What is the best solution for this, Time is so pricious and I spent that much time on a specific task and when I get the situation again, I will be doing research and spend time again. There should be an END for this ? HOW ?
Putting stuff on paper/word doc will not help as we mispace/loose often our valuables, paper/doc can easily be misplaced/lost...
Not Sure! Does it goes with the personality ? Or few tips/tricks/hints... Looking forward to hear ...
I think that the best thing to do would to be to fully implement a change management process that would be an application of some nature that you could use to document manipulation of complicated systems. Although we (as DBA's are really not given the opportunity to spend a lot of time, or resources on change management, sometimes adhoc change management is the only affordable method)
What I have started is a framework that will eventually be what i consider a full fledged way of documenting my workflow as a DBA. I use a top level HTML document that points to all of the various documents I use to journal implementations and various notes related to each system.
As I create more documents and save them in various administrative subdirectories, I add a hyperlink to the main (index) document page.
Because all i have to do is add links to the top level document it doesn't take any time and the main maintenance task is adding links to the index document. I find myself adding rough categories to the main document as I find free time.
This is a cheap way to do it, but the great thing is that because it's HTML, i don't have to worry about the file formats behind the scenes, they can be spreadsheets, word documents, txt files, error message screenshots, or a multitude of other file formats.
My dream is to have all of my DBA change management in my own Oracle Database with a pretty front end, but I'm not at that level yet.
Any products for db management in market like the one for project management/project managers ?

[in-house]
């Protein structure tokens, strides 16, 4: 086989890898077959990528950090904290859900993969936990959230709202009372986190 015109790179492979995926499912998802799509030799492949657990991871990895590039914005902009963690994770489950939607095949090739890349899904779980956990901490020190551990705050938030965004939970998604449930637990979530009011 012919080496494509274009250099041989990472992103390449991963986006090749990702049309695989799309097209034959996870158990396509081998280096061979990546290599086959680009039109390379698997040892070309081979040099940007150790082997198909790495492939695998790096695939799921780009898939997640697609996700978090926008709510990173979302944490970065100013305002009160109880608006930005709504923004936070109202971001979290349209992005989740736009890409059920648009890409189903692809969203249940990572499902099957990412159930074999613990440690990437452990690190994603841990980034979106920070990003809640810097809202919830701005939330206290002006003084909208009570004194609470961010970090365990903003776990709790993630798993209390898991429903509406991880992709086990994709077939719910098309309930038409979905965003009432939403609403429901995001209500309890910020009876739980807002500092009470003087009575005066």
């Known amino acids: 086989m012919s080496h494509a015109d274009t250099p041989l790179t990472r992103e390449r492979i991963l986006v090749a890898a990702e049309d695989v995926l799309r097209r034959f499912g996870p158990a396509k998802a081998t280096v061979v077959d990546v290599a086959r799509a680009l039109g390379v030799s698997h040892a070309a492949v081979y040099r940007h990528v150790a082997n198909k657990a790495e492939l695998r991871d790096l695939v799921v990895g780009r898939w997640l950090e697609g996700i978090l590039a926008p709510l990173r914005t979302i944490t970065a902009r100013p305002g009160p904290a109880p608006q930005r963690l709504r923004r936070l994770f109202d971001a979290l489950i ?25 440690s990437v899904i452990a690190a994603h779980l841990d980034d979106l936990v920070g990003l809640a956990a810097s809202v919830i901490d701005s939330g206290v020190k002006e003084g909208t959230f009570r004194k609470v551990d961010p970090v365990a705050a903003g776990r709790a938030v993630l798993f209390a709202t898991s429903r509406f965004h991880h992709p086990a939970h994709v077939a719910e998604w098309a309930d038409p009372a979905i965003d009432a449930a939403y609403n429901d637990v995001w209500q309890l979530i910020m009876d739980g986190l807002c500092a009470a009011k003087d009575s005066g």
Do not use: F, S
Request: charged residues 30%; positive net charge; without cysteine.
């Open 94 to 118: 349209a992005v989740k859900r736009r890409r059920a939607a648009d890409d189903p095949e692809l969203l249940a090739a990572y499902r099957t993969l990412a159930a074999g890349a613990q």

I am working as a DBA for both the database and Oracle Financilas applications plus that in the near future we are going to implement WAP on Oracle ,, all this on my own.
I will try to tell some steps that I have always made and see if it can help :
- Rely on Help supplied with Oracle server and Oracle applications
- Document everything
- Consult forums like DBAsupport
- As possible Keep away from Oracle support ( I had bad experinece with them ,, may be it was only my case)
- Try to make friendships with DBAs in similar positions in other companies if possible
- Make a test environment away from your production environment and keep testing everyday tasks that may happen to you ( like a recovery process )
- Study , study and study ,, you will be in need to lean a least a year - actually up till now I read more than 2 hours a day after getting back from work
- Keep all white papars you can get and save it in your personal knowledge base , the paper that you do not need today you will need it tomorrow
- Do not expect to get everything quickly , Oracle is the biggest and the most powerful database and applications in the world so do not expect to know it easily , it takes months of continious work to be in better position
IT Manager For Development
Oracle Consultant - OCP
I had the same problem until I found a neat little part of outlook called the notes. They are like post it notes and I just copy all the problem info and solution into it and save it on my desktop.
Also there are some applications out there that allow you to do electronic post it notes and save the information.
May be we should come up with a design of such an application for dbasupport so that users can save their solutions for every one else to review.
send your ideas to firstname.lastname@example.org
[QUOTE][i]Originally posted by hnagia [/i]
[B]- Do not expect to get everything quickly , Oracle is the biggest and the most powerful database and applications in the world so do not expect to know it easily , it takes months of continious work to be in better position [/B][/QUOTE]
I wouldnt say months but years & practice experience. May be it's harmful but you really learn when real things happens to you :P
All I have done to over come this issue is to immediately, copy/document the issue into appropriate directories. Now I'm having the problem to search through a pile to look for an issue.
It would be really nice, if there is a common web site/ some one could take charge of documenting the issues. I have notice in the past there had been a great deal of discussions on this site alone and some of them are really thought provoking ones. The sad thing is, when some one get to post question on an issue that had been already addressed next time, it is too late to dig through the thread and post it for that user.
Some tool or some site would generalize every ones common issues.
Life is a journey, not a destination!